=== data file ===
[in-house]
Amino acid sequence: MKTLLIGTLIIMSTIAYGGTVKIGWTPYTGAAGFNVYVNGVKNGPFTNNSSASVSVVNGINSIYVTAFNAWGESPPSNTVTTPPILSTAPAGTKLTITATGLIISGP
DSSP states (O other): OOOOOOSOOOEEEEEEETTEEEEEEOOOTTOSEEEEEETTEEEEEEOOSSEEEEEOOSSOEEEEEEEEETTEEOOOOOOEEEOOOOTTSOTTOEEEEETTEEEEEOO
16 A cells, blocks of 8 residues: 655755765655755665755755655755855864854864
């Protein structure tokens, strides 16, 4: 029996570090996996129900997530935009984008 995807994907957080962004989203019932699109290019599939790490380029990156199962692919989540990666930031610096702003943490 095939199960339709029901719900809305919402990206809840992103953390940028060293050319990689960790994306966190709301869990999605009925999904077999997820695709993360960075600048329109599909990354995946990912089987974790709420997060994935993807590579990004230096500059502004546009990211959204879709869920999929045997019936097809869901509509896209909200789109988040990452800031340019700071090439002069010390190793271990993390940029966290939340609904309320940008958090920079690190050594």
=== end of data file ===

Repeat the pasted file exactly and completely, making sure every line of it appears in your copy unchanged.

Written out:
[in-house]
Amino acid sequence: MKTLLIGTLIIMSTIAYGGTVKIGWTPYTGAAGFNVYVNGVKNGPFTNNSSASVSVVNGINSIYVTAFNAWGESPPSNTVTTPPILSTAPAGTKLTITATGLIISGP
DSSP states (O other): OOOOOOSOOOEEEEEEETTEEEEEEOOOTTOSEEEEEETTEEEEEEOOSSEEEEEOOSSOEEEEEEEEETTEEOOOOOOEEEOOOOTTSOTTOEEEEETTEEEEEOO
16 A cells, blocks of 8 residues: 655755765655755665755755655755855864854864
């Protein structure tokens, strides 16, 4: 029996570090996996129900997530935009984008 995807994907957080962004989203019932699109290019599939790490380029990156199962692919989540990666930031610096702003943490 095939199960339709029901719900809305919402990206809840992103953390940028060293050319990689960790994306966190709301869990999605009925999904077999997820695709993360960075600048329109599909990354995946990912089987974790709420997060994935993807590579990004230096500059502004546009990211959204879709869920999929045997019936097809869901509509896209909200789109988040990452800031340019700071090439002069010390190793271990993390940029966290939340609904309320940008958090920079690190050594």